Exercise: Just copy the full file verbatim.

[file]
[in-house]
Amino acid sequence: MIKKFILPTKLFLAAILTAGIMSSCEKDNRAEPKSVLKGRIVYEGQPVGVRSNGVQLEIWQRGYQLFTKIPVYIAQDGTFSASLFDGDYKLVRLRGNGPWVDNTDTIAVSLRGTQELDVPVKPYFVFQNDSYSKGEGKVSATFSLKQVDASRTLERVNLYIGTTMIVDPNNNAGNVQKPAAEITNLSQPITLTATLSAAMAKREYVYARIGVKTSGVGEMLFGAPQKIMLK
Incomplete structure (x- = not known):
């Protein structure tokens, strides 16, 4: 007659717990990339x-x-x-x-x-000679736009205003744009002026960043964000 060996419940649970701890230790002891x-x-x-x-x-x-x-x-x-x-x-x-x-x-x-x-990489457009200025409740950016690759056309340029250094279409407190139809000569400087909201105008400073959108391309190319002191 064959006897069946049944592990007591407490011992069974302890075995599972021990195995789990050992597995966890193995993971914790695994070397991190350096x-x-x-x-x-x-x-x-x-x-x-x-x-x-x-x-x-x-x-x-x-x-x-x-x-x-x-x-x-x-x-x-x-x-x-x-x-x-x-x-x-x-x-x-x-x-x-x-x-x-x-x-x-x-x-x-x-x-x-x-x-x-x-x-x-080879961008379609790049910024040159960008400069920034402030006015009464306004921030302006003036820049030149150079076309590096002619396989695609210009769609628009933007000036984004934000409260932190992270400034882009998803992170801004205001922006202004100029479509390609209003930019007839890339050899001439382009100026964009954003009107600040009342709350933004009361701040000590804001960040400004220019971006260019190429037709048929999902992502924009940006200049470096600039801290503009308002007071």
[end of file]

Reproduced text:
[in-house]
Amino acid sequence: MIKKFILPTKLFLAAILTAGIMSSCEKDNRAEPKSVLKGRIVYEGQPVGVRSNGVQLEIWQRGYQLFTKIPVYIAQDGTFSASLFDGDYKLVRLRGNGPWVDNTDTIAVSLRGTQELDVPVKPYFVFQNDSYSKGEGKVSATFSLKQVDASRTLERVNLYIGTTMIVDPNNNAGNVQKPAAEITNLSQPITLTATLSAAMAKREYVYARIGVKTSGVGEMLFGAPQKIMLK
Incomplete structure (x- = not known):
């Protein structure tokens, strides 16, 4: 007659717990990339x-x-x-x-x-000679736009205003744009002026960043964000 060996419940649970701890230790002891x-x-x-x-x-x-x-x-x-x-x-x-x-x-x-x-990489457009200025409740950016690759056309340029250094279409407190139809000569400087909201105008400073959108391309190319002191 064959006897069946049944592990007591407490011992069974302890075995599972021990195995789990050992597995966890193995993971914790695994070397991190350096x-x-x-x-x-x-x-x-x-x-x-x-x-x-x-x-x-x-x-x-x-x-x-x-x-x-x-x-x-x-x-x-x-x-x-x-x-x-x-x-x-x-x-x-x-x-x-x-x-x-x-x-x-x-x-x-x-x-x-x-x-x-x-x-x-080879961008379609790049910024040159960008400069920034402030006015009464306004921030302006003036820049030149150079076309590096002619396989695609210009769609628009933007000036984004934000409260932190992270400034882009998803992170801004205001922006202004100029479509390609209003930019007839890339050899001439382009100026964009954003009107600040009342709350933004009361701040000590804001960040400004220019971006260019190429037709048929999902992502924009940006200049470096600039801290503009308002007071």